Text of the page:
Iran’s nuclear deal was signed at a time when the country’s political risks were high, and economic income and investment into financial corporations were limited.
It has been over a year since the deal, also known as the Joint Comprehensive Plan of Action, was implemented. During that period, there have been big changes in Iran’s economy.
Under the deal, over 90 percent of nuclear related sanctions were lifted. Among the most important lifted were secondary sanctions on the Central Bank and Iran’s commercial banks, selling oil, investing in oil and gas projects, transportation, shipping lines, and commercial aviation industry.
Europe’s SWIFT banking services were restored on implementation day. According to Central Bank authorities, 29 Iranian banks are connected to SWIFT, although banking relations still remain the main issue. Despite lifting international sanctions, there is no complete connection between Iranian and western banks yet. One-sided embargoes of the US and the cloud of mystery over them has troubled the trust of world’s banks and delayed their return to Iran. They’re also an obstacle against huge investments and trades.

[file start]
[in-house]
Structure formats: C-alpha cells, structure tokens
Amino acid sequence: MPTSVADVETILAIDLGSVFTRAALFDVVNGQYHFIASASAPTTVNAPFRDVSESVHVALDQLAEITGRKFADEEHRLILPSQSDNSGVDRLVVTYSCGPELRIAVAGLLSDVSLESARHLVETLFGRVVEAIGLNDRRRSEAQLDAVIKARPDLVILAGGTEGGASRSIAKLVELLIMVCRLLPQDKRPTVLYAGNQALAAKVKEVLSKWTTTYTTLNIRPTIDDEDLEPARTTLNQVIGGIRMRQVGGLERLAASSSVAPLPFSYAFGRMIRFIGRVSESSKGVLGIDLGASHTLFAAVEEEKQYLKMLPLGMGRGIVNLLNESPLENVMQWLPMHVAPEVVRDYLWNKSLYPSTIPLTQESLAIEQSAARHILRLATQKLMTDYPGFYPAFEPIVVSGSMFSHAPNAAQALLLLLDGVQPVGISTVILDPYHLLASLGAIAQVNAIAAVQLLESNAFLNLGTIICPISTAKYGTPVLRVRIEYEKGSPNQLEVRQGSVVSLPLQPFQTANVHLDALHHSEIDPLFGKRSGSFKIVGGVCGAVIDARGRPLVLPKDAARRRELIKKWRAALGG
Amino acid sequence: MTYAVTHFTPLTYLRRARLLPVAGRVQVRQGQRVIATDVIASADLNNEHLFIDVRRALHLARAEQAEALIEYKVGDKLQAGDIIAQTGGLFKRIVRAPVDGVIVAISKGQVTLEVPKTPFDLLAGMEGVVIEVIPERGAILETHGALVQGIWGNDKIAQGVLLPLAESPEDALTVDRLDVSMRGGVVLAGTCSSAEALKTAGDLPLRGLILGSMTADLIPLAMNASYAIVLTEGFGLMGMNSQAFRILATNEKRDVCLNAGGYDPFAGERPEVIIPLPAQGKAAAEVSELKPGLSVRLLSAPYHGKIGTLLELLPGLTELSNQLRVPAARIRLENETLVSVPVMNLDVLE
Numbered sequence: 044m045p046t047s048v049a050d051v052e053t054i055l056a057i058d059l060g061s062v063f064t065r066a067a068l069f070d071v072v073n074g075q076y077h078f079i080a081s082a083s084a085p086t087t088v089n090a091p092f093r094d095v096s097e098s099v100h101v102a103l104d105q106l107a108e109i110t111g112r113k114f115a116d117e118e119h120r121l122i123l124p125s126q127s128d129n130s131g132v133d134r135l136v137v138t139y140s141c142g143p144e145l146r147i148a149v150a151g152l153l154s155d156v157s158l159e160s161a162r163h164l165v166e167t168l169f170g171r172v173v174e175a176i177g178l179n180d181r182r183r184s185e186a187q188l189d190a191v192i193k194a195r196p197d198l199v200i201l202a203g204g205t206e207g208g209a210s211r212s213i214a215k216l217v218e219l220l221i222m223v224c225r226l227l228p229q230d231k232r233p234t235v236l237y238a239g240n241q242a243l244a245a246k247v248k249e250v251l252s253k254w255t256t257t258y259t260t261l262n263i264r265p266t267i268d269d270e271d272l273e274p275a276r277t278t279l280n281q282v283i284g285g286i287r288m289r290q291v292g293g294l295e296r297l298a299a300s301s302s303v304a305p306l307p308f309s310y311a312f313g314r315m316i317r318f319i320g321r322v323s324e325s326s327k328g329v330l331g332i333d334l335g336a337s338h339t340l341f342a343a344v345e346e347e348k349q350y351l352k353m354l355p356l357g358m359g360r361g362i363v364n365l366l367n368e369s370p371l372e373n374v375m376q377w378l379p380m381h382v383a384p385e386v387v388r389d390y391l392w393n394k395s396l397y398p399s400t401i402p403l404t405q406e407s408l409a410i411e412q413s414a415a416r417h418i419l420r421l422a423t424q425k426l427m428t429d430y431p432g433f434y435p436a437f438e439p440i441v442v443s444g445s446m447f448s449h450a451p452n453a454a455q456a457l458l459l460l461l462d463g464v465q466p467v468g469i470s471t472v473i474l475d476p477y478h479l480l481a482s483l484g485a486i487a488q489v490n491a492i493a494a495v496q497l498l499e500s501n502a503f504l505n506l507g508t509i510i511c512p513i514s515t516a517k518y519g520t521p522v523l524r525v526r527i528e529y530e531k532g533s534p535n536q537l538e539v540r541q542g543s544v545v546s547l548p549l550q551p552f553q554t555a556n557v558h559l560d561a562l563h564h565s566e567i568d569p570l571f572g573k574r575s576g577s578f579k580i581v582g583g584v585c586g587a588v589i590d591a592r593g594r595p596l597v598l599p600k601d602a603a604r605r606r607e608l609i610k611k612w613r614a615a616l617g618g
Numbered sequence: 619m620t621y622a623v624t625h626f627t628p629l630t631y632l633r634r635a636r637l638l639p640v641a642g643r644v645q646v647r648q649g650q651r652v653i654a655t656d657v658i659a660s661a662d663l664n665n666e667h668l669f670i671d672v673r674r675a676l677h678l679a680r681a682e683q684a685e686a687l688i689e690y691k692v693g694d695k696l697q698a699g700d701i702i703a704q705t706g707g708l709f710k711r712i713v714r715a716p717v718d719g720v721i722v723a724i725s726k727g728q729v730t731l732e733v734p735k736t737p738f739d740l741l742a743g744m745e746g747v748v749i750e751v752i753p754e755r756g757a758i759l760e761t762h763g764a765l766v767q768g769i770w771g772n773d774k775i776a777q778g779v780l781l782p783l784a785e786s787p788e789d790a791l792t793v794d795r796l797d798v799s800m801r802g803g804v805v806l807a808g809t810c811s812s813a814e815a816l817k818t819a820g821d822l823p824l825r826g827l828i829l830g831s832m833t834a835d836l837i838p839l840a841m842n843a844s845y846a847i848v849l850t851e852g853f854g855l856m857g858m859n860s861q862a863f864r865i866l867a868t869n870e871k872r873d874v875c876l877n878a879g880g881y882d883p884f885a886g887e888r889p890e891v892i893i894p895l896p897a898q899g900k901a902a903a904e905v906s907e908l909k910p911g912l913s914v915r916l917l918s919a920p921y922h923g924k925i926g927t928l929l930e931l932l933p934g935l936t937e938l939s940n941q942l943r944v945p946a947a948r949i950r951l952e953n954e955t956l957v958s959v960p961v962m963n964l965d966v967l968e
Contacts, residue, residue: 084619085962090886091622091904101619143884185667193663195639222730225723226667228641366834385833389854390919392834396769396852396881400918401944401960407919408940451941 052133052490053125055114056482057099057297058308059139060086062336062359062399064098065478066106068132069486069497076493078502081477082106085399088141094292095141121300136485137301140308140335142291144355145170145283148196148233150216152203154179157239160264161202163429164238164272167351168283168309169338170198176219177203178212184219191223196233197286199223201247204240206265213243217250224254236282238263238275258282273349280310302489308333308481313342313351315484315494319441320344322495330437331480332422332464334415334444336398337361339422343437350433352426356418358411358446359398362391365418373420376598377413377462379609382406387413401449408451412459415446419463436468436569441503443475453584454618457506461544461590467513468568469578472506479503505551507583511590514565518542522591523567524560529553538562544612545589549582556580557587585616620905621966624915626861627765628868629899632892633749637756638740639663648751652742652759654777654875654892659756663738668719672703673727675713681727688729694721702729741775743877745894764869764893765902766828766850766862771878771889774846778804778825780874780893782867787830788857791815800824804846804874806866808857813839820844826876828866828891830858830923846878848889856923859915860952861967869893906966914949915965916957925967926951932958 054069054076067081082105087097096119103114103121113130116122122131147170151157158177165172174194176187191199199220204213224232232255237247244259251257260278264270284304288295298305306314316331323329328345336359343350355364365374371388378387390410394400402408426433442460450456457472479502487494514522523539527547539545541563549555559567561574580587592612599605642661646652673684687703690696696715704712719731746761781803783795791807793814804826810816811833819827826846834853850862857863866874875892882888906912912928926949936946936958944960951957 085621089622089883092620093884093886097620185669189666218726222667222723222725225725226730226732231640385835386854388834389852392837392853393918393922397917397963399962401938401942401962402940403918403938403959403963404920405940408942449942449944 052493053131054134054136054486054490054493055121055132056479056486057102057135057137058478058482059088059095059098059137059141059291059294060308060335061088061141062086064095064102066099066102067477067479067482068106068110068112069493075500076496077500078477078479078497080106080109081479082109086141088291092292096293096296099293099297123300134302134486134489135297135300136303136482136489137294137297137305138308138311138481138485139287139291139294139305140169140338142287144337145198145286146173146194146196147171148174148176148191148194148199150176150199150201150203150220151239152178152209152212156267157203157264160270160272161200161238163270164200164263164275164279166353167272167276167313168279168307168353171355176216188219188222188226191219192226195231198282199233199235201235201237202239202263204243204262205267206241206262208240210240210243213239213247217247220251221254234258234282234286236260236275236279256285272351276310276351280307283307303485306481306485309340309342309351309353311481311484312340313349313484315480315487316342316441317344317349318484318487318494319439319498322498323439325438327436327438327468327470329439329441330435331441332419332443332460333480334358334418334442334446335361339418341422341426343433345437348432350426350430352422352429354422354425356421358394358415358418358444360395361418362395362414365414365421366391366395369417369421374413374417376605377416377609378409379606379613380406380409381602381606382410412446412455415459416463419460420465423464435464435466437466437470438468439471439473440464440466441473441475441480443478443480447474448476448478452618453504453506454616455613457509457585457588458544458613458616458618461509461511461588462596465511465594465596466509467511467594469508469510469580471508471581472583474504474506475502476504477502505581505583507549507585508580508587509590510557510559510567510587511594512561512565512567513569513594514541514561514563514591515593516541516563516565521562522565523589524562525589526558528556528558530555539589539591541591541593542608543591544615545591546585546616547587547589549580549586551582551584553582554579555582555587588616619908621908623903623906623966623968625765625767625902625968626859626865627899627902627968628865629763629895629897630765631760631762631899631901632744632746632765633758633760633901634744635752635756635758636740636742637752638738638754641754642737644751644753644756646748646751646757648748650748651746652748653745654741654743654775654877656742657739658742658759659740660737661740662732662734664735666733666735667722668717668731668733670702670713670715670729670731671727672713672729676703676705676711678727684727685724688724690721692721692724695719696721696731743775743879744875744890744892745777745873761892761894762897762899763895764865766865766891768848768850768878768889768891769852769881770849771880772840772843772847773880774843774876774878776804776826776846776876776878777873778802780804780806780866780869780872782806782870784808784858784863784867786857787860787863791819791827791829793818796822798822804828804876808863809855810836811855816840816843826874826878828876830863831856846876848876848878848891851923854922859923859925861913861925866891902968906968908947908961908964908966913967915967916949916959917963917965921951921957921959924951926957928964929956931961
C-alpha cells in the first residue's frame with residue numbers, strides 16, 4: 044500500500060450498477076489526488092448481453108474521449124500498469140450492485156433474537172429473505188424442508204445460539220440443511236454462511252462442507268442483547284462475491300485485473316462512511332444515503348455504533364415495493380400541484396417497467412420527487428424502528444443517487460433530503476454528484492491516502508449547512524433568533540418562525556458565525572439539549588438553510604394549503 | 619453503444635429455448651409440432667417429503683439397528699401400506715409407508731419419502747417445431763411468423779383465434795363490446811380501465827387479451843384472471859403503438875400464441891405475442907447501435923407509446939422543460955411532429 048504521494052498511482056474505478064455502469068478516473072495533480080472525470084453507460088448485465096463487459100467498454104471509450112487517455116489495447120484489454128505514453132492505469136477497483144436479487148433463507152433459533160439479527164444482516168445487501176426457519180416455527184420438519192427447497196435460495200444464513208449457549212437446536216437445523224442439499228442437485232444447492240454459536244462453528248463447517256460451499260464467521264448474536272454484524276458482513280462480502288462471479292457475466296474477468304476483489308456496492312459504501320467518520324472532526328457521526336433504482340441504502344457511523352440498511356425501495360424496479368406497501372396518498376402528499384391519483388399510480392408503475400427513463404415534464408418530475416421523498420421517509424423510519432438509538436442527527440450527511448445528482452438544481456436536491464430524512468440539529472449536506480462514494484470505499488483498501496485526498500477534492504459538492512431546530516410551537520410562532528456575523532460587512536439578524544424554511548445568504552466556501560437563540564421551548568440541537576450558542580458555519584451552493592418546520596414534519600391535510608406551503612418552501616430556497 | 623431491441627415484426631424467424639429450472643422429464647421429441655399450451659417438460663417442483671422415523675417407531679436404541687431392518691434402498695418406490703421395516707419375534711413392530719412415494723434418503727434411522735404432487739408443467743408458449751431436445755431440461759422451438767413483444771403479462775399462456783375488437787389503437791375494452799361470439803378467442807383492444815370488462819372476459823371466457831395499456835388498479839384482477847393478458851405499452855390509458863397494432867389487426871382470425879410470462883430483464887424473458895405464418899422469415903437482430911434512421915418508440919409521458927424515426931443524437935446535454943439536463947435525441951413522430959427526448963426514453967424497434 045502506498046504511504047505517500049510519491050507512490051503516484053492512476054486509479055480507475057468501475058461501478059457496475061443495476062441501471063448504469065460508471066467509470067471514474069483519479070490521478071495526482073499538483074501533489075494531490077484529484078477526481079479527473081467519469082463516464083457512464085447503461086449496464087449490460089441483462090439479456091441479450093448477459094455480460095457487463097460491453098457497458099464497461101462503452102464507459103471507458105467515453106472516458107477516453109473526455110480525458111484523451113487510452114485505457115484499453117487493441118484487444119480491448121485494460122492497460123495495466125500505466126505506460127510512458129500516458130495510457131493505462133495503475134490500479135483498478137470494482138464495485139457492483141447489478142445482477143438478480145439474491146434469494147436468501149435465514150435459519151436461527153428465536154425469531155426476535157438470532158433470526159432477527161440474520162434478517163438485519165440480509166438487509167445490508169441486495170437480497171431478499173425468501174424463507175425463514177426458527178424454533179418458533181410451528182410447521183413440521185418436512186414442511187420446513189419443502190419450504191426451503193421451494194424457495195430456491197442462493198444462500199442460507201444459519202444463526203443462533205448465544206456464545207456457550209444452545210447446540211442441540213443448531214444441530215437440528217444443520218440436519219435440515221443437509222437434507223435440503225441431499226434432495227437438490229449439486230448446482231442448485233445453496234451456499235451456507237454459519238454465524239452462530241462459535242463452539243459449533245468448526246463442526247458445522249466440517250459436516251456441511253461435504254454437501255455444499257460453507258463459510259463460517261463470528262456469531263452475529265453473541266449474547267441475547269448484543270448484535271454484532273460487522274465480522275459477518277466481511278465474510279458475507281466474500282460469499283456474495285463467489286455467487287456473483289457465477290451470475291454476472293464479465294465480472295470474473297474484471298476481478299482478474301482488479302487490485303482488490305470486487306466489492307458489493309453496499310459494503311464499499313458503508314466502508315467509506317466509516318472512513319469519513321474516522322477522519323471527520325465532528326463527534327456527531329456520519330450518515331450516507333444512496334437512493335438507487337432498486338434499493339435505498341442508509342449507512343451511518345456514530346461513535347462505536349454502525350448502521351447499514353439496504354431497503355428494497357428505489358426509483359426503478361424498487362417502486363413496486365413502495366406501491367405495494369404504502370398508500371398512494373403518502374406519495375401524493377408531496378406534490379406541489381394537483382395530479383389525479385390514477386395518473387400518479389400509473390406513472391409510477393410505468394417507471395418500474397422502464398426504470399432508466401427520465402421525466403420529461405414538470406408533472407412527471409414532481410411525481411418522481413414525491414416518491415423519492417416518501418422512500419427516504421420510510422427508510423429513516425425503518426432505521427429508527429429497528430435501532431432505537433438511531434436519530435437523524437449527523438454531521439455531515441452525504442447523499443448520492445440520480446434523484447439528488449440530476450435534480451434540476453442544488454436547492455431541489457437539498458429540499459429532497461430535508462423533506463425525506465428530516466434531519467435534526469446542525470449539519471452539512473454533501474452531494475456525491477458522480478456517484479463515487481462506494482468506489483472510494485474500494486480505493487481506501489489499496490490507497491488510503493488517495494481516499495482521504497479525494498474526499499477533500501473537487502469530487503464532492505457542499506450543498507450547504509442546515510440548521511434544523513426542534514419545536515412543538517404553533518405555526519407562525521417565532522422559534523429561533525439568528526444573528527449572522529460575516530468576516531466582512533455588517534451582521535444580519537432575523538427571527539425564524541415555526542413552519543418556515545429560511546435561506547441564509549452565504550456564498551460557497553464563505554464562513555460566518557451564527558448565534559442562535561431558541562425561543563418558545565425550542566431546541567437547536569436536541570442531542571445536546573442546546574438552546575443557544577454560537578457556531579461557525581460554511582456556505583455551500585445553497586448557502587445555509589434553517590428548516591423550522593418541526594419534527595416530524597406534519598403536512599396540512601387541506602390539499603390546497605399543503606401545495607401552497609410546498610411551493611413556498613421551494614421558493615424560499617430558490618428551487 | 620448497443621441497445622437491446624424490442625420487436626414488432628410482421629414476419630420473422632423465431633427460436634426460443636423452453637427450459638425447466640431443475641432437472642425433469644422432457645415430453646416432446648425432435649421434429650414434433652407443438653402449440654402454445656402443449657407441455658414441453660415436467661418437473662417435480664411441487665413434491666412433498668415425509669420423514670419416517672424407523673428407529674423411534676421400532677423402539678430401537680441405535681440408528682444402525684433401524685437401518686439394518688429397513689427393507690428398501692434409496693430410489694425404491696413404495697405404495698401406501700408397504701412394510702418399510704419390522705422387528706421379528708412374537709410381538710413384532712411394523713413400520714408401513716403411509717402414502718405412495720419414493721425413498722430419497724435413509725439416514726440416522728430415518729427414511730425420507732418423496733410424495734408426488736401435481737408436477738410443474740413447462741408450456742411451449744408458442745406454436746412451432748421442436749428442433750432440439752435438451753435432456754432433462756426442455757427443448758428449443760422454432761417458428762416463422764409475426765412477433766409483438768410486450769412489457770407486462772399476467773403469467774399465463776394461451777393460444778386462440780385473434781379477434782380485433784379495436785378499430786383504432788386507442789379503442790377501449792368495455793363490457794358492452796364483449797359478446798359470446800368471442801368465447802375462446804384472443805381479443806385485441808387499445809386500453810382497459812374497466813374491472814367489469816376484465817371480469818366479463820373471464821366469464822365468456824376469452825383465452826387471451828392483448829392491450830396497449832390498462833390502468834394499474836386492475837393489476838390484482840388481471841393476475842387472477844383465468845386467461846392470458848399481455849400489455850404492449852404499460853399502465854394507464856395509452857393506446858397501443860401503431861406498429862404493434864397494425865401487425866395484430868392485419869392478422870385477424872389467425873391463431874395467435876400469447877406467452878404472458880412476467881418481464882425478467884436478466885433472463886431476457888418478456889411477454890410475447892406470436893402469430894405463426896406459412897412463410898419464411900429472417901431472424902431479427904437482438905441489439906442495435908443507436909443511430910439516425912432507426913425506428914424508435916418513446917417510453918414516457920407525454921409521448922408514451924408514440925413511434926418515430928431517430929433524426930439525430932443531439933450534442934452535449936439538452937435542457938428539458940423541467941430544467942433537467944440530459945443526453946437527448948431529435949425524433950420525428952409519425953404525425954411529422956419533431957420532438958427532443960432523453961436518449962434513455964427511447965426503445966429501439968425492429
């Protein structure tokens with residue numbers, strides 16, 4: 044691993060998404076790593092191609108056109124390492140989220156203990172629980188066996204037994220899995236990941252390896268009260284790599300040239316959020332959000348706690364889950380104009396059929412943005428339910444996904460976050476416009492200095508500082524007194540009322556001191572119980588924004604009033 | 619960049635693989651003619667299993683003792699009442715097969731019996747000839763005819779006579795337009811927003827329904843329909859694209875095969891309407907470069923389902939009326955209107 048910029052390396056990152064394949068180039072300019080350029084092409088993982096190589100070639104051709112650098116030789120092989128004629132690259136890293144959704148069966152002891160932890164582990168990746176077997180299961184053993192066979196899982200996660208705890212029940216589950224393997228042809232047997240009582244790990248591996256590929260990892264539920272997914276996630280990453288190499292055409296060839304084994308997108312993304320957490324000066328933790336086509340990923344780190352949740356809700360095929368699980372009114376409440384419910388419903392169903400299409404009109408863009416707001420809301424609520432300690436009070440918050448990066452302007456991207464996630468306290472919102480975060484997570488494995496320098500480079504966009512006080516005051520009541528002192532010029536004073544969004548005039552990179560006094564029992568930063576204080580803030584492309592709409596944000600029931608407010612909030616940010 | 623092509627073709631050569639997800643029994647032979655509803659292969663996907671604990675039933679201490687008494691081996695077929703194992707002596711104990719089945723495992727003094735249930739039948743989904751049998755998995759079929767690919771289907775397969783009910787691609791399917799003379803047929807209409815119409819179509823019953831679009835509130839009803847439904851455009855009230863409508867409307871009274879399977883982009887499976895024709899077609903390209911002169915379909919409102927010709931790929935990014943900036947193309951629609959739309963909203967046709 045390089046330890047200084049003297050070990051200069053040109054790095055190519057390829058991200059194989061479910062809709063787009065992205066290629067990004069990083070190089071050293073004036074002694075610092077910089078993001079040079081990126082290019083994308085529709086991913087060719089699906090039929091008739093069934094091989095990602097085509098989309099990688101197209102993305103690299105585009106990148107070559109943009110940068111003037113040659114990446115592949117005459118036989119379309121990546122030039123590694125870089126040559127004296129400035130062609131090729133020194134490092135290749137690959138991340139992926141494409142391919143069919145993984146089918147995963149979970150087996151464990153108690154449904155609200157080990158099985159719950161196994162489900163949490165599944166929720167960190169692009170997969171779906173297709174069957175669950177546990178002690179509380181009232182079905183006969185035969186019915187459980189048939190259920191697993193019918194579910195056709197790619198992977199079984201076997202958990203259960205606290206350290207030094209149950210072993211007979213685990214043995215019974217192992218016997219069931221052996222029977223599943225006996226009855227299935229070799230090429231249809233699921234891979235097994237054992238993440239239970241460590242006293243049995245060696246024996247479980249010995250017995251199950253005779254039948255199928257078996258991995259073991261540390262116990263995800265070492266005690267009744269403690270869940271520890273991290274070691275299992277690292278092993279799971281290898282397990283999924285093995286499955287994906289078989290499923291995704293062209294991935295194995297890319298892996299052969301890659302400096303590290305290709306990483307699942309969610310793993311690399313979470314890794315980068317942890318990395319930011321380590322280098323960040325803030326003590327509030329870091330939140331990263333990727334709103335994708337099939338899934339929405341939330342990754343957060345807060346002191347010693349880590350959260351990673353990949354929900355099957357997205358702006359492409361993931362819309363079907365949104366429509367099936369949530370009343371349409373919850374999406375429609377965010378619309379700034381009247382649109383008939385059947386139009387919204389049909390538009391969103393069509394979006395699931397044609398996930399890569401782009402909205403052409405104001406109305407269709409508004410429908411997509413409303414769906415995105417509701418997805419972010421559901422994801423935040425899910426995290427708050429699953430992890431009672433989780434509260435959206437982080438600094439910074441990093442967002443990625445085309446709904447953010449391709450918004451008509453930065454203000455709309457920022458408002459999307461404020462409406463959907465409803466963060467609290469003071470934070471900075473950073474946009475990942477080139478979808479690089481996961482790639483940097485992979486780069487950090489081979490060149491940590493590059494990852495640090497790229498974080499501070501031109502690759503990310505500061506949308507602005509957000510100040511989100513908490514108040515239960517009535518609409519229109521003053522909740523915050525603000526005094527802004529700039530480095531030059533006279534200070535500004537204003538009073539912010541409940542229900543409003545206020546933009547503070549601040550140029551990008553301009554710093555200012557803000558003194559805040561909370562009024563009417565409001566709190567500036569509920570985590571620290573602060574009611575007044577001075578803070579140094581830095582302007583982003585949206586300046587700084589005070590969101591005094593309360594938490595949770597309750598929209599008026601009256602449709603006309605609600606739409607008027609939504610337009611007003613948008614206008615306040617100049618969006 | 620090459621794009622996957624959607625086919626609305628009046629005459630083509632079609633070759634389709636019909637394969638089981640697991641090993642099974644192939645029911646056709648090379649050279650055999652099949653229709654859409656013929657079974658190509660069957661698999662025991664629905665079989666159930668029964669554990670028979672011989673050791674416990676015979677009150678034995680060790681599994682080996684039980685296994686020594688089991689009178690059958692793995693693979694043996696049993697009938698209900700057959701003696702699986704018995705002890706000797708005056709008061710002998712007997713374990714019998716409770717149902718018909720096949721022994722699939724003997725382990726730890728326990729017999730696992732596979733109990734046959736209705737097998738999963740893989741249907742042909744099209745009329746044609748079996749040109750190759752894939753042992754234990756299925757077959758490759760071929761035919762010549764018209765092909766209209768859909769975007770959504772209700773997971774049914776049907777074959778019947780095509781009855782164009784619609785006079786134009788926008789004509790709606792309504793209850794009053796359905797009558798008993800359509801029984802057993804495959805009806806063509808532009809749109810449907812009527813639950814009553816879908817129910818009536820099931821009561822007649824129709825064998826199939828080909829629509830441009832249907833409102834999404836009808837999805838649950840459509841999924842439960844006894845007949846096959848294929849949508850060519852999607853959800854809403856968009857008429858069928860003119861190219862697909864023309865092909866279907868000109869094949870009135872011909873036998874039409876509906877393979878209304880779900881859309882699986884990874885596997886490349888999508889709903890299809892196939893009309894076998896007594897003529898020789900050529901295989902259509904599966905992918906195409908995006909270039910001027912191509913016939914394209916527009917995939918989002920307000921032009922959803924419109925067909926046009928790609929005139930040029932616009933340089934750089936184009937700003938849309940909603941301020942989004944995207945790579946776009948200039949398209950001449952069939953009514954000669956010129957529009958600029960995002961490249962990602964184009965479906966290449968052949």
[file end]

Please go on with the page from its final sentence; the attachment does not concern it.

Following the nuclear deal, Iran is now seeking investment in different sectors. On the other hand, this deal has made countries and companies think of resuming their commercial ties with Iran.